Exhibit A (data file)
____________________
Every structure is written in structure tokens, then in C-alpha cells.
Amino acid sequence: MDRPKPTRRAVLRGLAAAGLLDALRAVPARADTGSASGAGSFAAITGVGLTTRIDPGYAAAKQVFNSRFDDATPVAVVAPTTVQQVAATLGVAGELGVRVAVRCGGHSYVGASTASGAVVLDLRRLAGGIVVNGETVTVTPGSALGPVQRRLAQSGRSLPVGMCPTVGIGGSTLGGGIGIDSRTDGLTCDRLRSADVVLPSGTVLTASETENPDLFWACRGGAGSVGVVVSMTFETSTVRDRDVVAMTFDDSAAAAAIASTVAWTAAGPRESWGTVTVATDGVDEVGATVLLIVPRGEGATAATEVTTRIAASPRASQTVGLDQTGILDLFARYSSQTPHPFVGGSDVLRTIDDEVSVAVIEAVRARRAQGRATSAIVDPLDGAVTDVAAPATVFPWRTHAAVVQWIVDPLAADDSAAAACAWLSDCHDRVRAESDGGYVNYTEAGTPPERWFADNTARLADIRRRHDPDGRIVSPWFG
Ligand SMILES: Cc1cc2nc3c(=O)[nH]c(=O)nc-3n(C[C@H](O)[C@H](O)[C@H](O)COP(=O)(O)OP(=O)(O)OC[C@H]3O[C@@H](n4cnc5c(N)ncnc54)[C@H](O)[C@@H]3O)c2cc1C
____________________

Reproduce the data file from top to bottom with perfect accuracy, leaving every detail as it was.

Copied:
Every structure is written in structure tokens, then in C-alpha cells.
Amino acid sequence: MDRPKPTRRAVLRGLAAAGLLDALRAVPARADTGSASGAGSFAAITGVGLTTRIDPGYAAAKQVFNSRFDDATPVAVVAPTTVQQVAATLGVAGELGVRVAVRCGGHSYVGASTASGAVVLDLRRLAGGIVVNGETVTVTPGSALGPVQRRLAQSGRSLPVGMCPTVGIGGSTLGGGIGIDSRTDGLTCDRLRSADVVLPSGTVLTASETENPDLFWACRGGAGSVGVVVSMTFETSTVRDRDVVAMTFDDSAAAAAIASTVAWTAAGPRESWGTVTVATDGVDEVGATVLLIVPRGEGATAATEVTTRIAASPRASQTVGLDQTGILDLFARYSSQTPHPFVGGSDVLRTIDDEVSVAVIEAVRARRAQGRATSAIVDPLDGAVTDVAAPATVFPWRTHAAVVQWIVDPLAADDSAAAACAWLSDCHDRVRAESDGGYVNYTEAGTPPERWFADNTARLADIRRRHDPDGRIVSPWFG
Ligand SMILES: Cc1cc2nc3c(=O)[nH]c(=O)nc-3n(C[C@H](O)[C@H](O)[C@H](O)COP(=O)(O)OP(=O)(O)OC[C@H]3O[C@@H](n4cnc5c(N)ncnc54)[C@H](O)[C@@H]3O)c2cc1C